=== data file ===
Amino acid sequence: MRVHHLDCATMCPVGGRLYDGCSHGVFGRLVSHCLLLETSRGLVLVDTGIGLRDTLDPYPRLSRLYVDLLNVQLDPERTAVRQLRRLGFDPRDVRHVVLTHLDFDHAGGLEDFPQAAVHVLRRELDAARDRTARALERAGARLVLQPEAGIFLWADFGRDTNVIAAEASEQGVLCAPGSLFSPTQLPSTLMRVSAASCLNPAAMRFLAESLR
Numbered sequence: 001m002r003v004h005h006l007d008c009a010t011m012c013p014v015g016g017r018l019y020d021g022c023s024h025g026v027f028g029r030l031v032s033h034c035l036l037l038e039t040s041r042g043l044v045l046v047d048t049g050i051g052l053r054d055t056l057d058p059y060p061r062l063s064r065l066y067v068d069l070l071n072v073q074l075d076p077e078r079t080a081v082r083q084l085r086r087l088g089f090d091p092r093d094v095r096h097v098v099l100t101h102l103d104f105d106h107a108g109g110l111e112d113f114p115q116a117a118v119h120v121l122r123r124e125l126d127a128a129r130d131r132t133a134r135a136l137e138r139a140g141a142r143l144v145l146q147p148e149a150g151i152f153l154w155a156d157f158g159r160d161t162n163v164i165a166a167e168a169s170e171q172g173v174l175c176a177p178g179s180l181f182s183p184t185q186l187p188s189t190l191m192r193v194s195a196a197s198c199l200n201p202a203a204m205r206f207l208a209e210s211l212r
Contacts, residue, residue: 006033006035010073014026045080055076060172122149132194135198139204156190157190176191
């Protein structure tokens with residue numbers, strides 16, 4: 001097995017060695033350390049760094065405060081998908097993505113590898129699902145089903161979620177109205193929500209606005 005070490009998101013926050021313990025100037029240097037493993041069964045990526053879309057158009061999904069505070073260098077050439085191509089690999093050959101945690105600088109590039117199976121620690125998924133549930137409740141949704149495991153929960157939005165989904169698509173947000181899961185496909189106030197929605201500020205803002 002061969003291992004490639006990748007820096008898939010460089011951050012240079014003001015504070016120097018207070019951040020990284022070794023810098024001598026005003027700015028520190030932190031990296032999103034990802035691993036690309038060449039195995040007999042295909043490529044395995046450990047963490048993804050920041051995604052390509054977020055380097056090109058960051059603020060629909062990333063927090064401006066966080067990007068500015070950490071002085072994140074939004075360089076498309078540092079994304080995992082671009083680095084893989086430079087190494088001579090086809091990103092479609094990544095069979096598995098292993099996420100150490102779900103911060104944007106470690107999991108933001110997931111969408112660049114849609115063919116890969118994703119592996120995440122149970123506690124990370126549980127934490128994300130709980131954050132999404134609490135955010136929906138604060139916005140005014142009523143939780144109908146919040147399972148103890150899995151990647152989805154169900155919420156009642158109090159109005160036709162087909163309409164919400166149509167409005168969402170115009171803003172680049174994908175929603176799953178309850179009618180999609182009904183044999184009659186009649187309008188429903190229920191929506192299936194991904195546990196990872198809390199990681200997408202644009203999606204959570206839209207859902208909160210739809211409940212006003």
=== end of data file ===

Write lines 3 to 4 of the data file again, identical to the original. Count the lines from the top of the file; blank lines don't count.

Contacts, residue, residue: 006033006035010073014026045080055076060172122149132194135198139204156190157190176191
């Protein structure tokens with residue numbers, strides 16, 4: 001097995017060695033350390049760094065405060081998908097993505113590898129699902145089903161979620177109205193929500209606005 005070490009998101013926050021313990025100037029240097037493993041069964045990526053879309057158009061999904069505070073260098077050439085191509089690999093050959101945690105600088109590039117199976121620690125998924133549930137409740141949704149495991153929960157939005165989904169698509173947000181899961185496909189106030197929605201500020205803002 002061969003291992004490639006990748007820096008898939010460089011951050012240079014003001015504070016120097018207070019951040020990284022070794023810098024001598026005003027700015028520190030932190031990296032999103034990802035691993036690309038060449039195995040007999042295909043490529044395995046450990047963490048993804050920041051995604052390509054977020055380097056090109058960051059603020060629909062990333063927090064401006066966080067990007068500015070950490071002085072994140074939004075360089076498309078540092079994304080995992082671009083680095084893989086430079087190494088001579090086809091990103092479609094990544095069979096598995098292993099996420100150490102779900103911060104944007106470690107999991108933001110997931111969408112660049114849609115063919116890969118994703119592996120995440122149970123506690124990370126549980127934490128994300130709980131954050132999404134609490135955010136929906138604060139916005140005014142009523143939780144109908146919040147399972148103890150899995151990647152989805154169900155919420156009642158109090159109005160036709162087909163309409164919400166149509167409005168969402170115009171803003172680049174994908175929603176799953178309850179009618180999609182009904183044999184009659186009649187309008188429903190229920191929506192299936194991904195546990196990872198809390199990681200997408202644009203999606204959570206839209207859902208909160210739809211409940212006003």